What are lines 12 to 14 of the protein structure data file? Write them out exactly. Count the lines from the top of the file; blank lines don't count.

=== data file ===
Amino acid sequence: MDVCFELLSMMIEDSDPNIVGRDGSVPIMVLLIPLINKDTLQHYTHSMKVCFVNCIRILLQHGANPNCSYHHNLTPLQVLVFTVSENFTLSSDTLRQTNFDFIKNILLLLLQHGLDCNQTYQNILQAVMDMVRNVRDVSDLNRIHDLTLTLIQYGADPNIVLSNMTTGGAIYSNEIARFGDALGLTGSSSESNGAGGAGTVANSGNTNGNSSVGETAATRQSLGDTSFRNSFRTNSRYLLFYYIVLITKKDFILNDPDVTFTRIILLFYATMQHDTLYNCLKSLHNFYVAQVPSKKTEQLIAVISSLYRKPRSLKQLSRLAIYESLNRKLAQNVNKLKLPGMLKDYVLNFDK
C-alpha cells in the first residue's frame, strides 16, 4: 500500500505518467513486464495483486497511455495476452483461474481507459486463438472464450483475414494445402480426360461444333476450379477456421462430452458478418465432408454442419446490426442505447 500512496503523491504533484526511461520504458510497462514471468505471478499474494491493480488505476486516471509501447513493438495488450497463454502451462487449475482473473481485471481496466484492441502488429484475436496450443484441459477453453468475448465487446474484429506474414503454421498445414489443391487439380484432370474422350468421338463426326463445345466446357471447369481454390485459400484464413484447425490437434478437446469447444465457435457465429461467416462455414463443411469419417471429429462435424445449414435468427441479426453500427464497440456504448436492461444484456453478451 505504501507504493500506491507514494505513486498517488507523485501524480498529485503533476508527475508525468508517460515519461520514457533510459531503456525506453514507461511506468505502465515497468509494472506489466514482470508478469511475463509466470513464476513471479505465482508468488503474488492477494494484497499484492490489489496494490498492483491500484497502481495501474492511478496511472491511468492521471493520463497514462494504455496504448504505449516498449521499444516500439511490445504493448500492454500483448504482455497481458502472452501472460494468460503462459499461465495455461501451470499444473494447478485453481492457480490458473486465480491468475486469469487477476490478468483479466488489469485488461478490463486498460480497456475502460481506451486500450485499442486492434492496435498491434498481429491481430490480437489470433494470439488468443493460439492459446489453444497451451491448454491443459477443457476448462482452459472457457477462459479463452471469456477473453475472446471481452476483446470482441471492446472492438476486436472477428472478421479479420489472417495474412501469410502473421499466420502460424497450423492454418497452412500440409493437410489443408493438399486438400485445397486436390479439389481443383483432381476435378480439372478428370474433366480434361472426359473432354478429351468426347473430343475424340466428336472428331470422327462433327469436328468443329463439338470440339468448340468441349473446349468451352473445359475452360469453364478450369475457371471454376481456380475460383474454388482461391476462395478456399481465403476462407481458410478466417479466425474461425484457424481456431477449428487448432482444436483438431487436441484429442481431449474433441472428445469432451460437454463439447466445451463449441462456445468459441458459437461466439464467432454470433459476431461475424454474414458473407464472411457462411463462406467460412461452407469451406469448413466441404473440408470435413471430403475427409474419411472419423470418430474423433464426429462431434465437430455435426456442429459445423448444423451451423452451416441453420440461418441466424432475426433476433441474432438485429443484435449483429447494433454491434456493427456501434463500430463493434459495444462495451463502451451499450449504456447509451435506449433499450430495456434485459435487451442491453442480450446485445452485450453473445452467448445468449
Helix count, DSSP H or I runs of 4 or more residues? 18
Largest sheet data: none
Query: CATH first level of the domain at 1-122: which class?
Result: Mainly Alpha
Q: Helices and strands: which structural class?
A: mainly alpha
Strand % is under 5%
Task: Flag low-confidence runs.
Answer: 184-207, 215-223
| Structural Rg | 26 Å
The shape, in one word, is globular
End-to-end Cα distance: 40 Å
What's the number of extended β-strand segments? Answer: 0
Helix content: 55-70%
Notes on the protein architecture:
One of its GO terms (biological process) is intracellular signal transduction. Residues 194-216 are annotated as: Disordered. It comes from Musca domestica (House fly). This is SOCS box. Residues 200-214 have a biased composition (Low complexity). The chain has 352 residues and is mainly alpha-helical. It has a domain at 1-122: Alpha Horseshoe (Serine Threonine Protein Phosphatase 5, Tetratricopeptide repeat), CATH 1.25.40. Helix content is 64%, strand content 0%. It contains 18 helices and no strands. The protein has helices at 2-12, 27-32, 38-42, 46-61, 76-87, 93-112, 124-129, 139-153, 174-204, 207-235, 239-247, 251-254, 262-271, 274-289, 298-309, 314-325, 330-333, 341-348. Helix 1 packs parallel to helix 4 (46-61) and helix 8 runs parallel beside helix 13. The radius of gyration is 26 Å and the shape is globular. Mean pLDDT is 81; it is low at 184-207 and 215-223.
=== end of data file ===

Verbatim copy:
| Structural Rg | 26 Å
The shape, in one word, is globular
End-to-end Cα distance: 40 Å